When It Comes to Fashion, Scandi Boys Know What They’re Doing


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Scandi girls were first to gain street-style cred, but it’s Scandi boys who should be your next sustainable-style inspo.

Ten years ago, flush with the money I had saved from my first real job, I tentatively wandered into Jonathan + Olivia, a cutting-edge boutique on Toronto’s Ossington strip that, tragically, closed in 2018. It was having one of its legendary sales, and I scoured the racks in search of an affordable designer piece that would, I hoped, accelerate my metamorphosis into a stylish, sophisticated person and stumbled upon a raglan-sleeved crewneck sweatshirt in a grey mélange. It was weightier and cut boxier than the threadbare sweatshirts of my youth — an elevated essential layer I could wear casually or dress up. I checked the tag to see who had made this exceptional garment and discovered a men’s label I had never heard of before: Our Legacy.

Today, Our Legacy remains at the forefront of Scandinavian menswear, exporting its vision of quirkily layered cool to in-the-know guys around the world, along with the brand Mfpen from Denmark and Another Aspect and Asket from Sweden. These labels project an attitude about dressing that emphasizes individuality and wearability with a sustainable ethos. Some, like Mfpen and Our Legacy, use dead-stock fabrics or digital printing techniques to save water and minimize waste. Others, like Asket and Another Aspect, promote a “buy less, buy better” ethos to encourage acquiring only what you need and nothing else.

Let’s call the men who embody these sartorial values “Scandi boys.” Unlike Scandi girls, who seem to dress in extremes (super minimalist or Ganni-fied and garish), Scandi boys have a style that resembles elevated norm-core — according to local designers and stylists and a scan of street-style photos from the recent Copenhagen Fashion Week. Think clean shapes, muted tones and at-first-glance unassuming fits amped up with freaky-functional layering and subtle gender blurring. But the devil is in the details: an uncluttered closet that’s heavy on sustainably made everyday staples mixed with second-hand grails. So, what style lessons can we all learn from them?


In the early aughts, Scandi brands Acne Studios and Filippa K became the de facto uniform for fashion insiders (and wannabe insiders) because of their raw denim, white sneakers and merino-wool sweaters. The fashion press later labelled the emerging trend “Scandinavian minimalism” — a term that still sticks. It doesn’t so much capture a style as a mentality that informs design, style and consumption. “Scandinavian fashion comes from this element of practicality and comfort,” says Sarah Arts, the head of brand marketing and communications at Asket. “That doesn’t have to mean you neglect style or aesthetic. But I think if you really look at all Scandinavian brands, from interior to fashion, there is that element of clean shapes, practicality and warmth.”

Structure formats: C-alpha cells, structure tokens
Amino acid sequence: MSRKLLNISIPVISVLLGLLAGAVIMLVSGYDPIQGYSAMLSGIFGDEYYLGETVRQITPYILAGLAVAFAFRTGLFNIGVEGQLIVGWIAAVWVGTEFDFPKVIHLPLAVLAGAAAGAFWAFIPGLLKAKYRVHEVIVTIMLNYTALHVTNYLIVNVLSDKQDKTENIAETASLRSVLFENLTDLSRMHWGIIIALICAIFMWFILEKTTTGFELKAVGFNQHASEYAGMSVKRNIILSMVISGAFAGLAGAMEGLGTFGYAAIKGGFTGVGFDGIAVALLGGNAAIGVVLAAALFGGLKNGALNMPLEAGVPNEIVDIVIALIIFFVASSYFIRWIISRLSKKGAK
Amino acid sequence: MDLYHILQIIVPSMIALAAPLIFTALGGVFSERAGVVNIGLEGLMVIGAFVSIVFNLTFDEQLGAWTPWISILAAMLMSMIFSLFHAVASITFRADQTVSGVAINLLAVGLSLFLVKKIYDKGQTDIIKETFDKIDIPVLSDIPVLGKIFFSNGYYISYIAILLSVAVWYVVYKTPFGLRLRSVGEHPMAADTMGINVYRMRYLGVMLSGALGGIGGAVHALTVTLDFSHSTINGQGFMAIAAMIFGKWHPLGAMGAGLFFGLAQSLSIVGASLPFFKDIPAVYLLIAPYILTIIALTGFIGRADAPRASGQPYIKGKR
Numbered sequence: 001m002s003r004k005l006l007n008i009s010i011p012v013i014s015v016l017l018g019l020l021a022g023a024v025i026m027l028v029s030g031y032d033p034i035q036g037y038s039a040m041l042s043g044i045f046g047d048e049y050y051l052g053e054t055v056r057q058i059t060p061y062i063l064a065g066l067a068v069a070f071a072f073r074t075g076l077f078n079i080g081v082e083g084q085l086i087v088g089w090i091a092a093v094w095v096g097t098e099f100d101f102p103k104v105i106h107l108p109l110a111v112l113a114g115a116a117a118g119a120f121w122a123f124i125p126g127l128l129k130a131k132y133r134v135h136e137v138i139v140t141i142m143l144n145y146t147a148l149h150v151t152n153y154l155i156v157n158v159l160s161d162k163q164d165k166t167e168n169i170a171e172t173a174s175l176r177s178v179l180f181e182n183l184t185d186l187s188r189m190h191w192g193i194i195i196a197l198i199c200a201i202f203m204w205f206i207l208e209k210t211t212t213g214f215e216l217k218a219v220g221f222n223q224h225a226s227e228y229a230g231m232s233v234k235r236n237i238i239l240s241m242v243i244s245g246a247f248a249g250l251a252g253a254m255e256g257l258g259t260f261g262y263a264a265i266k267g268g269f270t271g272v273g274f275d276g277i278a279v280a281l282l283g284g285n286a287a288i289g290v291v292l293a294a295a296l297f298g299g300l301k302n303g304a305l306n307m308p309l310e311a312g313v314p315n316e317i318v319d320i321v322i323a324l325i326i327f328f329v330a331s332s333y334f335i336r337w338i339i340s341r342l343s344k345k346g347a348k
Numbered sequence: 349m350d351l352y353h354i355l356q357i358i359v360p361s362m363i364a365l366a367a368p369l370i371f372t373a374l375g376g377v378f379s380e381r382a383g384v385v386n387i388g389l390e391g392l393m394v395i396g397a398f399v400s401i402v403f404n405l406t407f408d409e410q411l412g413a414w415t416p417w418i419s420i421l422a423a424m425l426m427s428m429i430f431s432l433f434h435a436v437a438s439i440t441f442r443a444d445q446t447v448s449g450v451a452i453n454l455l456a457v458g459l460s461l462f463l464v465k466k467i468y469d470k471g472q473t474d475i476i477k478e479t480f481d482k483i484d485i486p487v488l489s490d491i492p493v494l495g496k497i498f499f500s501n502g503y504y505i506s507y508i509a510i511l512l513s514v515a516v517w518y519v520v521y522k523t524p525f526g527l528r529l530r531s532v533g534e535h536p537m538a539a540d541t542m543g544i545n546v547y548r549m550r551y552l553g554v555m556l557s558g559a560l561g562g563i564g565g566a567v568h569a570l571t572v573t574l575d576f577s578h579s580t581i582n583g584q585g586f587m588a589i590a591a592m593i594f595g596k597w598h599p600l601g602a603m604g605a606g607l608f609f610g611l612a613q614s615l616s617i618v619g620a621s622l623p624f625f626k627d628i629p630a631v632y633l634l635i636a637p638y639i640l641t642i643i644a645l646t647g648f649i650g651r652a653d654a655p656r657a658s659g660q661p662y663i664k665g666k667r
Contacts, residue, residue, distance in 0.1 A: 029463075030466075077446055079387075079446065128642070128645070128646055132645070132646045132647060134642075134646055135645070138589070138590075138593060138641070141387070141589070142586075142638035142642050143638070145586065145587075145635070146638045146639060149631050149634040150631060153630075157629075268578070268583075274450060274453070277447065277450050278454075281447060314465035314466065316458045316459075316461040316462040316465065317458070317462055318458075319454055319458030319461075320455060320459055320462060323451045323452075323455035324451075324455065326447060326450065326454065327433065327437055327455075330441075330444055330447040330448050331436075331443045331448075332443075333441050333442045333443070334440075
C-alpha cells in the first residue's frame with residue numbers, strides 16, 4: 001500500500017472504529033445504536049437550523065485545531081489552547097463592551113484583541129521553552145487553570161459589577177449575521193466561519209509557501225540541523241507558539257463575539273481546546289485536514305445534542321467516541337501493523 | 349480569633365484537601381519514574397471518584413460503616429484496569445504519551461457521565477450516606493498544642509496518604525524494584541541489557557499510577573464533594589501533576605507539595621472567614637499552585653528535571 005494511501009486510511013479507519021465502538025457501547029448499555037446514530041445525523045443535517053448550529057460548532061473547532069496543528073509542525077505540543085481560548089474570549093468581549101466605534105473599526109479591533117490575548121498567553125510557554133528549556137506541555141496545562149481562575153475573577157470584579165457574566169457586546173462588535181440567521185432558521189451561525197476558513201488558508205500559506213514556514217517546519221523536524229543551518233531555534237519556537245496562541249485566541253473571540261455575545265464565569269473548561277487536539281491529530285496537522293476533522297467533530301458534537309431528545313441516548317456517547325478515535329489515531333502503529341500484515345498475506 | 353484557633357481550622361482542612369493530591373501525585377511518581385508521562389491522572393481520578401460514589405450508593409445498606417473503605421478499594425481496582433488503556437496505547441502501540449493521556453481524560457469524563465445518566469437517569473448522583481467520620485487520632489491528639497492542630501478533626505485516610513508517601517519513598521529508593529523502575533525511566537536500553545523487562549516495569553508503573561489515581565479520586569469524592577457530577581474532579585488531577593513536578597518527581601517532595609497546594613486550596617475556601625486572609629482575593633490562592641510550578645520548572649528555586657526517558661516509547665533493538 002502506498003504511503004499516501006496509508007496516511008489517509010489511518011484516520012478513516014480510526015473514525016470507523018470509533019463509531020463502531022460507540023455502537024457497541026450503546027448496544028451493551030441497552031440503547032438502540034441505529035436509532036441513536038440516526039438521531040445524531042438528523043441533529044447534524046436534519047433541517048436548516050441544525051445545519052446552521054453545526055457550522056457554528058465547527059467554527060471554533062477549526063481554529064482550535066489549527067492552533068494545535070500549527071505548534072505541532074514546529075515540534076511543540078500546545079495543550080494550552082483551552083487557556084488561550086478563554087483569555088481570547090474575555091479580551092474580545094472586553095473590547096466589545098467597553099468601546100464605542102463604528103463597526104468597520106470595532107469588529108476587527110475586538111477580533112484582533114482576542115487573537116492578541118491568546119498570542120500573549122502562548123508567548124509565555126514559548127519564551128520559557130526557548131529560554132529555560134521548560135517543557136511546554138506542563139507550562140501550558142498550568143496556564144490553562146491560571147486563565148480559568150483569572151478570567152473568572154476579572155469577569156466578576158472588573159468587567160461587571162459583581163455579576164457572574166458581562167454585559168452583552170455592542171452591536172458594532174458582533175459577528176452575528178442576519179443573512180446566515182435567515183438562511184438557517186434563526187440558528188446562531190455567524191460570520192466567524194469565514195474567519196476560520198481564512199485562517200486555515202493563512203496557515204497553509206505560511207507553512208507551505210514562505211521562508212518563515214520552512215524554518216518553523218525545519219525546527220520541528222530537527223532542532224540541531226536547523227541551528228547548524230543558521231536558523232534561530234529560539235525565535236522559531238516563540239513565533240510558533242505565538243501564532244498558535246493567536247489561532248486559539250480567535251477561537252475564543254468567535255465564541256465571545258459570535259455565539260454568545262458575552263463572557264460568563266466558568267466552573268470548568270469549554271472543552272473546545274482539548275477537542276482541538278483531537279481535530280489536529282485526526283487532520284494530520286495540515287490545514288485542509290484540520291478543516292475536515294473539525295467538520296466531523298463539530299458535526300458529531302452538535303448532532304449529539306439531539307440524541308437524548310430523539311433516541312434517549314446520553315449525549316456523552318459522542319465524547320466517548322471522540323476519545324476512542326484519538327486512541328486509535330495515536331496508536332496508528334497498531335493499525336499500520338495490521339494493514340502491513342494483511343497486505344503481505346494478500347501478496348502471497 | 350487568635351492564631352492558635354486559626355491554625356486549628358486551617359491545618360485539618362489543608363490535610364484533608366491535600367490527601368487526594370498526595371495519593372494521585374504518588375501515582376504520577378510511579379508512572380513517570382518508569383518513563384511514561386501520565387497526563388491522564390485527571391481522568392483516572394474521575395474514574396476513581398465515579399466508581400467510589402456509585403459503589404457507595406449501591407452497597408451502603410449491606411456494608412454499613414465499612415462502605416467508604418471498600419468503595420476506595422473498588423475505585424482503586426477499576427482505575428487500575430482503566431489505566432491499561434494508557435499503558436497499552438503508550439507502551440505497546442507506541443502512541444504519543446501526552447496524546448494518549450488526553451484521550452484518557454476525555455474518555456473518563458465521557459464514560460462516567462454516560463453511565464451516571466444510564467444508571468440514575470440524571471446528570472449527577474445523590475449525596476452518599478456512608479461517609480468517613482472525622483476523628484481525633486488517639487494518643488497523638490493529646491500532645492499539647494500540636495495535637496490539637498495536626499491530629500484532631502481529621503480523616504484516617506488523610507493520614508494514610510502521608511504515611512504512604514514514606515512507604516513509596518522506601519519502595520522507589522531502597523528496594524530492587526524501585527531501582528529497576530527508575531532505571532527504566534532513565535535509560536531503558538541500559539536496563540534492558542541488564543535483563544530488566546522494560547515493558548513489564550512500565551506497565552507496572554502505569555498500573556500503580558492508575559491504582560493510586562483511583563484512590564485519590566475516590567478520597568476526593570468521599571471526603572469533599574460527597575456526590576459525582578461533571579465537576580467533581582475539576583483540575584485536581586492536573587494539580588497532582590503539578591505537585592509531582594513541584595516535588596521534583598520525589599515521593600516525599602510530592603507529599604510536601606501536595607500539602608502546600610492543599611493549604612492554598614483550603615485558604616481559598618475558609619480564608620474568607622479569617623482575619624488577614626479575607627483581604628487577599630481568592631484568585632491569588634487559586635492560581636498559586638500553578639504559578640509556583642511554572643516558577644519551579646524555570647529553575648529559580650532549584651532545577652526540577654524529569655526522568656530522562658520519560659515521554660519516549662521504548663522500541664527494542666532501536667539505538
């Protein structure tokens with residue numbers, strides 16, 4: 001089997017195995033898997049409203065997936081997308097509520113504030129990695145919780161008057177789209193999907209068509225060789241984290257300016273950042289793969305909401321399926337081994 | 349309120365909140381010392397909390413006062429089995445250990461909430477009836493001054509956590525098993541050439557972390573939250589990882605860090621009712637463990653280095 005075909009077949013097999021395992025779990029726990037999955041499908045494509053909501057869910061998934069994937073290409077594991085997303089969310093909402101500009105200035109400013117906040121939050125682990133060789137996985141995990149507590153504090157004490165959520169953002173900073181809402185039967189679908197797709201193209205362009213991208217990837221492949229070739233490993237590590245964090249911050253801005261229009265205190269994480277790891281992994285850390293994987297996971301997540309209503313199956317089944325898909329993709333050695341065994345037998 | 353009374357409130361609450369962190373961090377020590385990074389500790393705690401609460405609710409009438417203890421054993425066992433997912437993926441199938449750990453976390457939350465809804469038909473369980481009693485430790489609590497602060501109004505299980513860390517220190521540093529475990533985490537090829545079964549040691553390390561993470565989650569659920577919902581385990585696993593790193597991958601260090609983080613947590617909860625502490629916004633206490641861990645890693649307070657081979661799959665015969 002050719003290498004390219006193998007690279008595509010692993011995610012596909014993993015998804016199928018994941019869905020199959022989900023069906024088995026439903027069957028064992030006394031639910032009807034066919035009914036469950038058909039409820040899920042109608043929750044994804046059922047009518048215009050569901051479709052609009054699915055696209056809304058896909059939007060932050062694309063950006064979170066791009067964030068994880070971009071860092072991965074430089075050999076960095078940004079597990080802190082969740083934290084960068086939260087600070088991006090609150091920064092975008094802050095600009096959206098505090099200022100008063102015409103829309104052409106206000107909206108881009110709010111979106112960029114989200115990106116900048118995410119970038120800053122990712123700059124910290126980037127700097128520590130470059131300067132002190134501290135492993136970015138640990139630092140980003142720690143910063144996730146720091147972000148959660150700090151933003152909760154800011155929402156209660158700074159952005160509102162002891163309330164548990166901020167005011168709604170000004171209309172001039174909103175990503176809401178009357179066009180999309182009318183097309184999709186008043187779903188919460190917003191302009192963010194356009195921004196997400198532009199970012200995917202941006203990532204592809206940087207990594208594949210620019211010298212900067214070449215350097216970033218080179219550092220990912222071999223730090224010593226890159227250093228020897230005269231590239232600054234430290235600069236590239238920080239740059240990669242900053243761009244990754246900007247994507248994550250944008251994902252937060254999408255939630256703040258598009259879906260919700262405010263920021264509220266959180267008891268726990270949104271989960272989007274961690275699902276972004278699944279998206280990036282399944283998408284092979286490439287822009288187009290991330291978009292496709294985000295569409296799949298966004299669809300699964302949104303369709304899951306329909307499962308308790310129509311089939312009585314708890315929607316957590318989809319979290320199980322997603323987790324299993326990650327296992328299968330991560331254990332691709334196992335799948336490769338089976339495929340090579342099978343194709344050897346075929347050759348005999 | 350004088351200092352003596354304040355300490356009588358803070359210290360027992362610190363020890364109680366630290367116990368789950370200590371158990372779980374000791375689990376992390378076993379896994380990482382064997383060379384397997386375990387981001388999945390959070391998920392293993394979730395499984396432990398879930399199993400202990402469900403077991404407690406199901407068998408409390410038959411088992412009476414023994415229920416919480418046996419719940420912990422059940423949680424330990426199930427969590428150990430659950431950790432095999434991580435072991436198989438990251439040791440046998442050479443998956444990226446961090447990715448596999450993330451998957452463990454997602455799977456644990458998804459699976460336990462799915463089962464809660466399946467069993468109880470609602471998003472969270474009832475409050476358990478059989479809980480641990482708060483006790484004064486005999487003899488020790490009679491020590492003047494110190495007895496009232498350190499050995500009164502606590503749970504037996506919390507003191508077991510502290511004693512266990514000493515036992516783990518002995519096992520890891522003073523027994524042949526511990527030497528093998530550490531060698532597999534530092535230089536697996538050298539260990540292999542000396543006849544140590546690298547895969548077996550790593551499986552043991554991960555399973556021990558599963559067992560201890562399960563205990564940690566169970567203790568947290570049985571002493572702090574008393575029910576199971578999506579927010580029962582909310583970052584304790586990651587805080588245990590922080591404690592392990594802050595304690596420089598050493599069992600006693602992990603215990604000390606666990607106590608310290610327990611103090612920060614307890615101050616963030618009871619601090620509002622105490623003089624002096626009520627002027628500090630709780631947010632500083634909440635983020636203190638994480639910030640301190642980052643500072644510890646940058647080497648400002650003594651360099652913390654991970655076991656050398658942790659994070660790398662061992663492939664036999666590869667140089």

Some of today’s Scandi boys gravitate toward more classic clothes, according to Nicole Walker, a Swedish stylist who has worked with über-cool brands including Our Legacy. But they’re experimenting with silhouette and gender within the confines of traditional menswear. She also feels there are differences within Scandi style. The Danes, she muses, see themselves as “super ultra-expressive” whereas the Swedes hew toward minimalism. “The menswear scene in Stockholm is really evolving, maybe even more than the womenswear, because of this idea of mixing new and old pieces and really finding personal expression,” says Walker, extolling the resale market for fuelling this sense of discovery and restyling existing clothes in novel ways.

Asket represents a modern version of Scandinavian minimalism. Jakob Dworsky and August Bard Bringéus launched the label in 2015 with a T-shirt and have been building a permanent collection of about 50 “zero compromise garments,” or timeless, ethically made wardrobe essentials, including Oxford shirts, great-fitting denim and chore coats that “men will count on 99 out of 100 days,” says Arts. “What’s really important is to acknowledge that the apparel industry is fundamentally flawed,” she says. “It’s about tackling this cycle of overproduction and overconsumption and really getting people to reconnect with their clothes, to think about what they really need.” (For Arts, these values reflect the Swedish concept of lagom, which translates to “just enough.”) Asket reinforces that commitment through its retail strategy. The brand operates a Stockholm flagship and another store selling samples, returns and second-hand items.

Daniel Brøndt, co-founder of Another Aspect, a small Swedish menswear brand, champions a similar spirit. “We don’t think people need 10 pairs of jeans,” he says. “We think they need maybe two or three really good pairs that they can keep for a very long time.” Another Aspect releases two collections a year of sustainable hard-working staples with just enough direction to catch the eye of a customer looking for classic pieces with a contemporary twist. The brand’s organic-cotton relaxed button-ups and straight-fit denim are sold at specialty boutiques like Voo Store in Berlin and made an appearance at a pop-up at Colbo in New York last year. It’s the right time for Brøndt’s brand to shine: Scandinavian guys are returning to a classic wardrobe after recovering from logomania, he says. The truth is that there is no singular Scandi-boy style, no unified aesthetic. But the growth of sustainably minded brands and the resale market have blasted the door open to uncharted fashion universes. A little lagom goes a long way. And for what it’s worth, I wore that Our Legacy sweatshirt for years, until it shrank into a crop top.

This article first appeared in FASHION’s April 2024 issue. Find out more here.

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